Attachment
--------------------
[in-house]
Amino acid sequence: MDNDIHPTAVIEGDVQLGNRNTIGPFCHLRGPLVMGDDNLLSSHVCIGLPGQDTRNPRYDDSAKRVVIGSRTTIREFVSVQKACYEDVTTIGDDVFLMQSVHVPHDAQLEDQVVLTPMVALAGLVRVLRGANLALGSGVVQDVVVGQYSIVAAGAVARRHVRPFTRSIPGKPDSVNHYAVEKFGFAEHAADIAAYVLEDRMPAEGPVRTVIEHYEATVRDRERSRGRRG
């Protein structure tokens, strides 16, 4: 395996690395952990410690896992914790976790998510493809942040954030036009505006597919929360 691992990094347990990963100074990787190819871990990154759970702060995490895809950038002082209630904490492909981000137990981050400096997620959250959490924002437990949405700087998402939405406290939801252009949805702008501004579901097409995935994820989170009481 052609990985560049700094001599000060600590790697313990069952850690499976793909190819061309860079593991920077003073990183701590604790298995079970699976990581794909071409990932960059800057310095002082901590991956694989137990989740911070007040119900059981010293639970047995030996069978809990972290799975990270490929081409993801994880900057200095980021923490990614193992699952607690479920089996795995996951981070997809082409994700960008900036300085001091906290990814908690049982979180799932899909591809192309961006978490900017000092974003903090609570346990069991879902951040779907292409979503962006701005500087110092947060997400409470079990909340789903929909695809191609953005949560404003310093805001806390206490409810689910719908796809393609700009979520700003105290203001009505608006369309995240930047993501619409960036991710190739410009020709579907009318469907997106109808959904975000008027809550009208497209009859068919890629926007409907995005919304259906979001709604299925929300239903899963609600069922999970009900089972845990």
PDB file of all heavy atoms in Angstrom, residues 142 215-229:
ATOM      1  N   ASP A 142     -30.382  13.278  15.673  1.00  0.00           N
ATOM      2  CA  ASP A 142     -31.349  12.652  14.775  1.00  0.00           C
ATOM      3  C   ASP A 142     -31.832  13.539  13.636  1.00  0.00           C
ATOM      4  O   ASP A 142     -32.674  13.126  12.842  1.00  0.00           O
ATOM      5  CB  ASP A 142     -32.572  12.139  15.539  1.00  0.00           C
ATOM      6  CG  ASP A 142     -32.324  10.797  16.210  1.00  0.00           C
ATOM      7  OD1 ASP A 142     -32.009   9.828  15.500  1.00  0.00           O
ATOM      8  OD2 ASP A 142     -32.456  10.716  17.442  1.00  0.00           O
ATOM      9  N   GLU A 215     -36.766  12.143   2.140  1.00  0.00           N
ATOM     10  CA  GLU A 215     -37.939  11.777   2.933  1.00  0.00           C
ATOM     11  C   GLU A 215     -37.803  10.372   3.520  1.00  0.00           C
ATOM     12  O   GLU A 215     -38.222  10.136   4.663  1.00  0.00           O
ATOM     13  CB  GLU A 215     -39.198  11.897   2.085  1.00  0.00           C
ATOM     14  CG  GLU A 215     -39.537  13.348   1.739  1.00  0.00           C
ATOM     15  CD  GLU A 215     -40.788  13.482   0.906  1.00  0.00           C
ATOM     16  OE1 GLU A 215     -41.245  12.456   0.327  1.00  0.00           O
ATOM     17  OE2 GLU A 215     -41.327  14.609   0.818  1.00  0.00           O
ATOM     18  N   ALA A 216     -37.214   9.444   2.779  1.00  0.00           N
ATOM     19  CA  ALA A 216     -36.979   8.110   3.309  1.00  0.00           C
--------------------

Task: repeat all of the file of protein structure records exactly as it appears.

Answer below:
[in-house]
Amino acid sequence: MDNDIHPTAVIEGDVQLGNRNTIGPFCHLRGPLVMGDDNLLSSHVCIGLPGQDTRNPRYDDSAKRVVIGSRTTIREFVSVQKACYEDVTTIGDDVFLMQSVHVPHDAQLEDQVVLTPMVALAGLVRVLRGANLALGSGVVQDVVVGQYSIVAAGAVARRHVRPFTRSIPGKPDSVNHYAVEKFGFAEHAADIAAYVLEDRMPAEGPVRTVIEHYEATVRDRERSRGRRG
């Protein structure tokens, strides 16, 4: 395996690395952990410690896992914790976790998510493809942040954030036009505006597919929360 691992990094347990990963100074990787190819871990990154759970702060995490895809950038002082209630904490492909981000137990981050400096997620959250959490924002437990949405700087998402939405406290939801252009949805702008501004579901097409995935994820989170009481 052609990985560049700094001599000060600590790697313990069952850690499976793909190819061309860079593991920077003073990183701590604790298995079970699976990581794909071409990932960059800057310095002082901590991956694989137990989740911070007040119900059981010293639970047995030996069978809990972290799975990270490929081409993801994880900057200095980021923490990614193992699952607690479920089996795995996951981070997809082409994700960008900036300085001091906290990814908690049982979180799932899909591809192309961006978490900017000092974003903090609570346990069991879902951040779907292409979503962006701005500087110092947060997400409470079990909340789903929909695809191609953005949560404003310093805001806390206490409810689910719908796809393609700009979520700003105290203001009505608006369309995240930047993501619409960036991710190739410009020709579907009318469907997106109808959904975000008027809550009208497209009859068919890629926007409907995005919304259906979001709604299925929300239903899963609600069922999970009900089972845990």
PDB file of all heavy atoms in Angstrom, residues 142 215-229:
ATOM      1  N   ASP A 142     -30.382  13.278  15.673  1.00  0.00           N
ATOM      2  CA  ASP A 142     -31.349  12.652  14.775  1.00  0.00           C
ATOM      3  C   ASP A 142     -31.832  13.539  13.636  1.00  0.00           C
ATOM      4  O   ASP A 142     -32.674  13.126  12.842  1.00  0.00           O
ATOM      5  CB  ASP A 142     -32.572  12.139  15.539  1.00  0.00           C
ATOM      6  CG  ASP A 142     -32.324  10.797  16.210  1.00  0.00           C
ATOM      7  OD1 ASP A 142     -32.009   9.828  15.500  1.00  0.00           O
ATOM      8  OD2 ASP A 142     -32.456  10.716  17.442  1.00  0.00           O
ATOM      9  N   GLU A 215     -36.766  12.143   2.140  1.00  0.00           N
ATOM     10  CA  GLU A 215     -37.939  11.777   2.933  1.00  0.00           C
ATOM     11  C   GLU A 215     -37.803  10.372   3.520  1.00  0.00           C
ATOM     12  O   GLU A 215     -38.222  10.136   4.663  1.00  0.00           O
ATOM     13  CB  GLU A 215     -39.198  11.897   2.085  1.00  0.00           C
ATOM     14  CG  GLU A 215     -39.537  13.348   1.739  1.00  0.00           C
ATOM     15  CD  GLU A 215     -40.788  13.482   0.906  1.00  0.00           C
ATOM     16  OE1 GLU A 215     -41.245  12.456   0.327  1.00  0.00           O
ATOM     17  OE2 GLU A 215     -41.327  14.609   0.818  1.00  0.00           O
ATOM     18  N   ALA A 216     -37.214   9.444   2.779  1.00  0.00           N
ATOM     19  CA  ALA A 216     -36.979   8.110   3.309  1.00  0.00           C